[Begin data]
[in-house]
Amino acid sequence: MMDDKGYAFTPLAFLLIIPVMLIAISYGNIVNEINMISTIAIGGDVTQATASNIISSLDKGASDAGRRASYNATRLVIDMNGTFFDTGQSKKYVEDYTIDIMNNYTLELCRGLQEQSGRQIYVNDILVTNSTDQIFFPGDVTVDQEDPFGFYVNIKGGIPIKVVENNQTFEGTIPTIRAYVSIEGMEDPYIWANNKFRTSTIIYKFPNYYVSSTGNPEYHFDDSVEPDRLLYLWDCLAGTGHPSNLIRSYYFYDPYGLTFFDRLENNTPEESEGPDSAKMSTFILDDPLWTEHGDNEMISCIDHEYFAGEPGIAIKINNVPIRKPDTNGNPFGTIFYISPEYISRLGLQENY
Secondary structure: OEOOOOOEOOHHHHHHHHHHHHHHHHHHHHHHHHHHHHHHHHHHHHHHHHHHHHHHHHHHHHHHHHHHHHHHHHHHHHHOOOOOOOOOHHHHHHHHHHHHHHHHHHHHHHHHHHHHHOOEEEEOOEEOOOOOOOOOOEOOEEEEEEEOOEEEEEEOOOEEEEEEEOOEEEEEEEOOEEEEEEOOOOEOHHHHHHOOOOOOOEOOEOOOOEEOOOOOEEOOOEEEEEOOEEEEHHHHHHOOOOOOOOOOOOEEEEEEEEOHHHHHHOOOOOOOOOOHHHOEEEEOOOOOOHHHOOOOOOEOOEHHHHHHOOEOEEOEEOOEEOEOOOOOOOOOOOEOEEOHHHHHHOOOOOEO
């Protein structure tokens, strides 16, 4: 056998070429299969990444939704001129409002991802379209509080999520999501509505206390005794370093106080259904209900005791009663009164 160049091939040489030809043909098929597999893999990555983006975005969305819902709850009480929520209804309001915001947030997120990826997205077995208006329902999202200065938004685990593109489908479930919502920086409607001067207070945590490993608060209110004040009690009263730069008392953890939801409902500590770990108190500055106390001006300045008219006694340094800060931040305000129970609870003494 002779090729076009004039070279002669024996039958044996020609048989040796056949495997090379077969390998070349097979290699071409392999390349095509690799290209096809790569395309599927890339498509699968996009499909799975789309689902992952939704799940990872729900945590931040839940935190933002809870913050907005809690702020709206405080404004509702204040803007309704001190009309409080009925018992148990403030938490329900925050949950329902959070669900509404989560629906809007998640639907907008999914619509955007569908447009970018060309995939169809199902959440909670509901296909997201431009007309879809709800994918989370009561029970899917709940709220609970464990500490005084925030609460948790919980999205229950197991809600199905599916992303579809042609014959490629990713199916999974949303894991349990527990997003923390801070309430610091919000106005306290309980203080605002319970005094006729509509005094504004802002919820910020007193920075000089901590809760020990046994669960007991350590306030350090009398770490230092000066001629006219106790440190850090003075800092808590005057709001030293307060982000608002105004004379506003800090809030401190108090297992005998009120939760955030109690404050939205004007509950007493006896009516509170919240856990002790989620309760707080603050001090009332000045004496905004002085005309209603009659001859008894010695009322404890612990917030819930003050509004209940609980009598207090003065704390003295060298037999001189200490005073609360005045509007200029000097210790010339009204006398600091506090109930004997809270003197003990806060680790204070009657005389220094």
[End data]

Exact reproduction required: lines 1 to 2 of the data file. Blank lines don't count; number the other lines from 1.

[in-house]
Amino acid sequence: MMDDKGYAFTPLAFLLIIPVMLIAISYGNIVNEINMISTIAIGGDVTQATASNIISSLDKGASDAGRRASYNATRLVIDMNGTFFDTGQSKKYVEDYTIDIMNNYTLELCRGLQEQSGRQIYVNDILVTNSTDQIFFPGDVTVDQEDPFGFYVNIKGGIPIKVVENNQTFEGTIPTIRAYVSIEGMEDPYIWANNKFRTSTIIYKFPNYYVSSTGNPEYHFDDSVEPDRLLYLWDCLAGTGHPSNLIRSYYFYDPYGLTFFDRLENNTPEESEGPDSAKMSTFILDDPLWTEHGDNEMISCIDHEYFAGEPGIAIKINNVPIRKPDTNGNPFGTIFYISPEYISRLGLQENY